Complacency is a cancer that scuppers a large number of change initiatives and strategies (as discussed at length in the book). Could complacency bring the British Conservative Party undone for the second time in less than a year?
27 May 2017.
When Prime Minister Theresa May called for a surprise election a few weeks ago, it was hailed by many, me included, as a master stroke of political opportunism. The opposition Labour Party was in disarray and the Tories enjoyed a seemingly unassailable 21 point lead in the polls. If this translated into votes, the Conservative Party would secure a triple-digit majority and enjoy five full years of power before having to face the electorate again. Enough time to negotiate departure from the EU and dig Britain out of the Brexit-induced hole that awaits it. This masterstroke would virtually guarantee a Tory government for the next decade.
But then, yet again, the pesky electorate doesn’t seem to have read the script.
The Conservative Party’s campaign strategy has been to stay aloof, engage with the public as infrequently as possible and when cornered, simply repeat “strong and stable” over and over again whilst pointing to a photo of Jeremy Corbyn surrounded by his shadow cabinet of muppets. The Tories have approached this election campaign as if it was an unfortunate formality and with what appears to be more than a little disdain for the voting public.
Have they learnt nothing from Brexit? Have they learnt nothing from Trump?!
Hillary didn’t lose the Presidential Election because of FBI Chief, Comey, as she now claims. She didn’t lose the election because of Russian-backed fake news, either. She lost it because she took the electorate for granted – publicly discounting half of Trump’s support base as a “basket of deplorables”. Bernie Sanders was the only Democrat who took Trump voters seriously. The US Democratic Party couldn’t understand what would possibly drive 63 million Americans to elect an unpredictable, misogynistic, tax-avoiding, hypocritical, xenophobic, self-absorbed “alternate reality” propagandist to be their President. Their complacency was palpable.
David Cameron approached his disastrous Remain campaign during last year’s EU referendum with the same degree of mind-boggling complacency. He also took the electorate for granted, believing that no-one in their right mind would vote to leave the EU and thought that once this inconvenient referendum was out of the way, he could silence the Euro-Sceptics in his party and get on with the business of governing. He and his lacklustre cohorts failed to understand that too many voters felt they had nothing to lose by voting to leave the EU. These voters had been left behind by globalisation and the free movement of people across the EU and had spent eight long years reaching into their own pockets to pay for the failure of the global banking system in 2008. Cameron and Co also failed to understand the strength of emotion surrounding the issues of immigration and the electorate’s desire to break free of the expensive and controlling yoke of Brussels. They didn’t once stop to understand the voting public. Their complacency, too, was palpable.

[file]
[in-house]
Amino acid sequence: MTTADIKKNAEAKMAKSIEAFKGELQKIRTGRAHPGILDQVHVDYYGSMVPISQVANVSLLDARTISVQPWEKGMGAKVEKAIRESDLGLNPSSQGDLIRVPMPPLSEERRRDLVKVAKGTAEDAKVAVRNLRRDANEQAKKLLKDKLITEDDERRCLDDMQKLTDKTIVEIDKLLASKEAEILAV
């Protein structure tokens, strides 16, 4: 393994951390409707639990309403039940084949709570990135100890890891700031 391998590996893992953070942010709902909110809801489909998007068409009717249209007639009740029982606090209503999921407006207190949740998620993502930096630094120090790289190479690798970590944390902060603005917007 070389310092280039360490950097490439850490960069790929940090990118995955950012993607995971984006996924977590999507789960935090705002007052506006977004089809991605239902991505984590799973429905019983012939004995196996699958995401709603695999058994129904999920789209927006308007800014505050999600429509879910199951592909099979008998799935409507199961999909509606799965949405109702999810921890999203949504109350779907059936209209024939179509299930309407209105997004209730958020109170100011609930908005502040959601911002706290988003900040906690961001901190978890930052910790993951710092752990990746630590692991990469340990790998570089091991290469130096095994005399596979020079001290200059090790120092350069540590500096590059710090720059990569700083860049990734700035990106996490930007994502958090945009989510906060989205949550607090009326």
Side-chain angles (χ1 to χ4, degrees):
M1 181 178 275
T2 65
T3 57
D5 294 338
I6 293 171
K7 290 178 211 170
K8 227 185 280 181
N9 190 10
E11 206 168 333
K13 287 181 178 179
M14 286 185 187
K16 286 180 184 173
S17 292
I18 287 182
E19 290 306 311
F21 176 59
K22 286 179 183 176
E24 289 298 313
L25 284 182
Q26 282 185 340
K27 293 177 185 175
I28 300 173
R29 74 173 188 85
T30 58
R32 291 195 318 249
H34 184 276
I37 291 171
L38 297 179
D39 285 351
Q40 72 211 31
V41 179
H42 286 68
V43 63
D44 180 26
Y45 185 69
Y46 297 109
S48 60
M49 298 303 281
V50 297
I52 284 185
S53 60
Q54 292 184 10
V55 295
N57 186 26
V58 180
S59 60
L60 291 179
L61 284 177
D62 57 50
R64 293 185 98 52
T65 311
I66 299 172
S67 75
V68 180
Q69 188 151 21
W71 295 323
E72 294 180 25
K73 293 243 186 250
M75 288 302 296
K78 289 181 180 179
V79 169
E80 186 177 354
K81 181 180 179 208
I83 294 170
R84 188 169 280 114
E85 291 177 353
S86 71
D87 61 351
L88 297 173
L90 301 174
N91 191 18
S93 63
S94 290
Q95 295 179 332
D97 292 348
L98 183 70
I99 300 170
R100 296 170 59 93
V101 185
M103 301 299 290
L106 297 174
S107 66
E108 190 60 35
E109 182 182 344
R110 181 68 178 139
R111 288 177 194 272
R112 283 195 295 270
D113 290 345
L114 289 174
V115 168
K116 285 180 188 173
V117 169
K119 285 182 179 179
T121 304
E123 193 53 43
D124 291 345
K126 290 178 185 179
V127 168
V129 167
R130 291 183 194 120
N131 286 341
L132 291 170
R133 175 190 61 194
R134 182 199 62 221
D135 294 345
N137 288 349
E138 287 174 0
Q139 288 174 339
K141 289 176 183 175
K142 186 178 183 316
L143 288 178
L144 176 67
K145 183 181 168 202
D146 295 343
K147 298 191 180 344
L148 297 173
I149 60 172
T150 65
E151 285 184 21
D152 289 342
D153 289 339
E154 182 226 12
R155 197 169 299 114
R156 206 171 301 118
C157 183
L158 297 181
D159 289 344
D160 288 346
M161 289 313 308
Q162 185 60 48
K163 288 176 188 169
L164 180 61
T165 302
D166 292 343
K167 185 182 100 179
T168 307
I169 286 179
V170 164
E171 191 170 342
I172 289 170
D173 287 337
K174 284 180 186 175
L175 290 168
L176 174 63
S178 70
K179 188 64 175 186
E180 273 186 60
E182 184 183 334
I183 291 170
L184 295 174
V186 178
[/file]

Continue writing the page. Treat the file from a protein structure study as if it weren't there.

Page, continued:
And eleven months later, the Tories seem to be doing it all over again! Their lead in the polls has reduced to single digits and one recent poll has Labour only 5 points behind. If true, this would reduce the Conservative majority to an almost unworkable two seats. Is this likely? Probably not. But it clearly demonstrates two things: first that if Labour had a grown-up leadership team, they would most likely be forming the next government. The second thing it shows is precisely how damaging complacency can be.
“How has this happened?” I can hear the cries form Tory HQ. “Can’t the electorate see that Corbyn is incompetent and that his shadow cabinet members are even worse? Do they really want Jeremy to be the man to represent Britain on the World stage? Can’t they see that their manifesto sums don’t add up? That electing Labour would destroy business confidence in Britain?”
Perhaps a better question for them to ask would be: Why has this happened? The answer to this question is easy:
You are taking the electorate for granted – again. You under-estimate the pain that Osborne’s austerity budgets has caused most of the country. You under-estimate the dismay at the under-funding of the NHS under Conservative rule. You under-estimate the disdain for tax-avoiding multinationals and the fact that the average CEO earns as much in a day that the average worker earns in a year. Increasing taxes for the top 5% of earners, large companies and multi-nationals and pouring those funds into the NHS, schools and police – has enormous appeal for large swathes of the population.
You under-estimate the public’s lack of trust in traditional politicians.
You also seem to have forgotten that emotion trumps logic every time. As I pointed out at my recent book launch (see video below), David Cameron forgot that, too. He gave us no positive emotional reason to Remain in the EU.
What is your positive reason for Britain to remain with the Conservatives? Answer this last question and Theresa may still be PM on June 9.
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